How James Montgomery Boice Faced Death from Liver Cancer

James Montgomery Boice was a renowned Reformed theologian, pastor, author, and speaker who defended the authority and inerrancy of Scripture. He was the senior minister of Tenth Presbyterian Church in Philadelphia for 32 years, until his death from liver cancer on June 15, 2000. How did he face his terminal illness and what can we learn from his example?

The Diagnosis

On May 7, 2000, Boice stood in the pulpit of his church for the last time and announced that he had been diagnosed with an aggressive form of liver cancer. He said:

If I were to reflect on what goes on theologically here, there are two things I would stress. One is the sovereignty of God. That’s not novel. We have talked about the sovereignty of God here forever. God is in charge. When things like this come into our lives, they are not accidental. It’s not as if God somehow forgot what was going on, and something bad slipped by. It’s not the answer that Harold Kushner gave in his book, Why Bad Things Happen to Good People. God does everything according to his will. We’ve always said that.

But what I’ve been impressed with mostly is something in addition to that. It’s possible, isn’t it, to conceive of God as sovereign and yet indifferent? God’s in charge, but he doesn’t care. But it’s not that. God is not only the one who is in charge; God is also good. Everything he does is good. And what I’ve been impressed with is how good God is, despite our pain

Boice expressed his trust in God’s sovereignty and goodness, even in the midst of his suffering. He did not question God’s wisdom or love, but rather affirmed his faith in God’s plan and purpose for his life.

The Treatment

The doctors who were caring for Boice initially prescribed a round of chemotherapy, in the hope that it would slow the disease. However, this proved ineffective, and given the advanced state of the cancer, no further treatment of any kind was possible. Boice decided to spend his remaining time with his family and friends, and to continue his ministry as much as he could. He wrote a letter to his congregation, saying:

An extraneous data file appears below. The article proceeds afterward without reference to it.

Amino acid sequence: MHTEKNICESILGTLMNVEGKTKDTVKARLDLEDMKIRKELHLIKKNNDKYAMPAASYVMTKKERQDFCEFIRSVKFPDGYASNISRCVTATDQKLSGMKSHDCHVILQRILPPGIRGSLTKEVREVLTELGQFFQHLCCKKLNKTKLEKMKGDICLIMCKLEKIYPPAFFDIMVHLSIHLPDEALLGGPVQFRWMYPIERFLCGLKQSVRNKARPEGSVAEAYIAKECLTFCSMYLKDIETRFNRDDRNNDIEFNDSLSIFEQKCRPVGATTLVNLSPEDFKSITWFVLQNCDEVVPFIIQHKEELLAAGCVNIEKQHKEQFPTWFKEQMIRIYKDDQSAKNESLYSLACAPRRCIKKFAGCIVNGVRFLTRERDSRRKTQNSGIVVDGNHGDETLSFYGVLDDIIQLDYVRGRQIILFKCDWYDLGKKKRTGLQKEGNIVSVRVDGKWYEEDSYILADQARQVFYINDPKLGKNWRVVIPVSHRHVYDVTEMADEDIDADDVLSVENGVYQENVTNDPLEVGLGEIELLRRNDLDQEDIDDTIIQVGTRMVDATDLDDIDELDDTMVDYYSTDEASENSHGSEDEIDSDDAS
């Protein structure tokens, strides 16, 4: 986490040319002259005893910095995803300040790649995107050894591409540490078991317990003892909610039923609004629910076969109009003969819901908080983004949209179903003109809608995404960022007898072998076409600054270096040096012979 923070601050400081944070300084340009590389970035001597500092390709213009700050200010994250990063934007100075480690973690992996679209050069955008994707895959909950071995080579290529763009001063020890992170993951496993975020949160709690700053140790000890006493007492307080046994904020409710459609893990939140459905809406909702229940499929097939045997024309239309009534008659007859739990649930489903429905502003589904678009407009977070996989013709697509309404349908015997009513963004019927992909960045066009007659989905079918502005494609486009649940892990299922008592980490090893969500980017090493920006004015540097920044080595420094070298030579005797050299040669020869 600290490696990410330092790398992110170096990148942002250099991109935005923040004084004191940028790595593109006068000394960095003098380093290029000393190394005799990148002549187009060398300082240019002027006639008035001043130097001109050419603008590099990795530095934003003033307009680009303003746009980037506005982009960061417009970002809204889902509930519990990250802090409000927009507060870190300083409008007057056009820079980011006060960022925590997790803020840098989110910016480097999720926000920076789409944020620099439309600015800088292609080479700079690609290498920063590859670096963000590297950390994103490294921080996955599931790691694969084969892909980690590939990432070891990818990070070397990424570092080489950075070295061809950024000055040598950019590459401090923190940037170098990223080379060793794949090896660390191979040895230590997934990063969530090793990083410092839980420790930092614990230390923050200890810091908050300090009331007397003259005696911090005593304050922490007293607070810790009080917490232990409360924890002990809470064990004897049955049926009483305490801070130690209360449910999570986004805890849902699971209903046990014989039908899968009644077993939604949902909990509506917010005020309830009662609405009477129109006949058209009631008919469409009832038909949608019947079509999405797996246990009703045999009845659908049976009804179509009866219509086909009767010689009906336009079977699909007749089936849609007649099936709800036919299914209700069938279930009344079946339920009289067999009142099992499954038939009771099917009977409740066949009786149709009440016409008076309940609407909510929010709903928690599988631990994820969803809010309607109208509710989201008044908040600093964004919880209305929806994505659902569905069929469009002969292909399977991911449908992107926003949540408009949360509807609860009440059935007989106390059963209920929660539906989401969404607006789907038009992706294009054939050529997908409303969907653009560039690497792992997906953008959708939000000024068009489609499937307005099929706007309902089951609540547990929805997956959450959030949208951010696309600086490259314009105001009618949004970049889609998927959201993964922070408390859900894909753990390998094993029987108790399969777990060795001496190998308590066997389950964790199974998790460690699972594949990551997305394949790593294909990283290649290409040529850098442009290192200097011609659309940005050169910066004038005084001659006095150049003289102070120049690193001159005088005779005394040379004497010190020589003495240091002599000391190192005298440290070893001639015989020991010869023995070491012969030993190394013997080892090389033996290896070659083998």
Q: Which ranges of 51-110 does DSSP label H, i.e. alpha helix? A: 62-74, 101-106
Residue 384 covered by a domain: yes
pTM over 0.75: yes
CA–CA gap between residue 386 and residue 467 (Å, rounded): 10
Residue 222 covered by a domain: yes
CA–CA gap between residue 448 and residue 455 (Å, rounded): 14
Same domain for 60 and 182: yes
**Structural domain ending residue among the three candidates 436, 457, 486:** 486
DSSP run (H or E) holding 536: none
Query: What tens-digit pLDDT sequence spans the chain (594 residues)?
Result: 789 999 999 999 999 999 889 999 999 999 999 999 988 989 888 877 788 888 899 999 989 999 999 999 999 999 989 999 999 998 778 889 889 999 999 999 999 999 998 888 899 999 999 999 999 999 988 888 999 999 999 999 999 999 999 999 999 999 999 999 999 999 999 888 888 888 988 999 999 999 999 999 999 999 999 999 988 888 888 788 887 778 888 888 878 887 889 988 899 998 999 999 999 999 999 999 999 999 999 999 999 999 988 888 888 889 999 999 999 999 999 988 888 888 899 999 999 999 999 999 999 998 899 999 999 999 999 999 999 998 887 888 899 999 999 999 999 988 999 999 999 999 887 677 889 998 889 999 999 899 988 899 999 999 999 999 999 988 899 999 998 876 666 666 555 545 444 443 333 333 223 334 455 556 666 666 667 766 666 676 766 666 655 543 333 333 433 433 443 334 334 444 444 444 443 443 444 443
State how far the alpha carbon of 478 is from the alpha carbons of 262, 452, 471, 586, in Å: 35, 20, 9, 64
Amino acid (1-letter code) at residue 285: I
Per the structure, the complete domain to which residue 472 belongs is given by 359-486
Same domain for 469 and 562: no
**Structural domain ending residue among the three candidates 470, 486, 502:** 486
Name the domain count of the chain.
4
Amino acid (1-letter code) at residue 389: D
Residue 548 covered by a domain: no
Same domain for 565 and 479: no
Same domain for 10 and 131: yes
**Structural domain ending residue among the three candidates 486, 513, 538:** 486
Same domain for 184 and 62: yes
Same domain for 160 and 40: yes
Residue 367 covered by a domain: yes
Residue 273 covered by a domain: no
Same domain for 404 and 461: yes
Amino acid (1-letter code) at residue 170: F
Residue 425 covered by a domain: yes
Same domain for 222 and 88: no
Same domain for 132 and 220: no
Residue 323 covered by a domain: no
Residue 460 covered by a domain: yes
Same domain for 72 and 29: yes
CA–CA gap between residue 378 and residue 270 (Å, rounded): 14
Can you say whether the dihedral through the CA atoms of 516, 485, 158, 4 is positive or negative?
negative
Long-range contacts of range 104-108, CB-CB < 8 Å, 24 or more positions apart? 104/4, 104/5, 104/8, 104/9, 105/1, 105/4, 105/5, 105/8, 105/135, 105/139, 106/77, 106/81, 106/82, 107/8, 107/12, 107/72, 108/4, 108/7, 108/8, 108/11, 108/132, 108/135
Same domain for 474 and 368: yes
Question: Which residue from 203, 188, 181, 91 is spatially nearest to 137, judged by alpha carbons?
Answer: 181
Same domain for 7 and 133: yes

I have been so greatly blessed by the outpouring of love and support since I made my condition known to you. You can hardly imagine how much your letters, cards, phone calls, and e-mails have meant to me and to my family. I am grateful to God for you. I am also grateful for the prayers that have ascended to God on my behalf. I am sure that it is because of them that I have been able to carry on with very little pain and discomfort.

I have been asked if I am mad at God for this. I can only say that I am not. God has done nothing wrong. He is not the cause of evil. He is good, and everything he does is good. I have also been asked if I am afraid. I can honestly say that I am not. I do not know what the future holds, but I know who holds the future. And I trust him completely

Boice demonstrated his gratitude and peace, even in the face of death. He did not complain or despair, but rather thanked God for his blessings and his people. He also testified to his hope and confidence in God’s promises and power.

The Legacy

Boice passed away on June 15, 2000, at the age of 61. He left behind a rich legacy of biblical teaching, Reformed theology, and Christian witness. He authored more than 50 books, including commentaries on most of the books of the Bible, and a four-volume systematic theology. He also founded and led several ministries, such as The Bible Study Hour radio broadcast, the International Council on Biblical Inerrancy, the Alliance of Confessing Evangelicals, and the City Center Academy. He influenced and inspired many pastors and laypeople, both in America and around the world, to uphold the truth and glory of God’s Word.

Boice’s life and death were a testimony to his love for God and his people. He faced his final trial with grace and courage, and he finished his race with faith and joy. He once said:

I don’t think we understand theology unless we understand what it is to praise God. Theology is not merely a set of dry doctrines that are to be debated by scholars in academic settings. Theology is a matter of doxology. It is a matter of praising God and living to his glory

Boice lived and died to the praise and glory of God. He showed us how to live by faith and how to die in hope. He taught us how to face death from liver cancer, or any other affliction, with a firm trust in God’s sovereignty and goodness. He was a faithful servant and a beloved brother, and we thank God for his life and ministry.

Doms Desk

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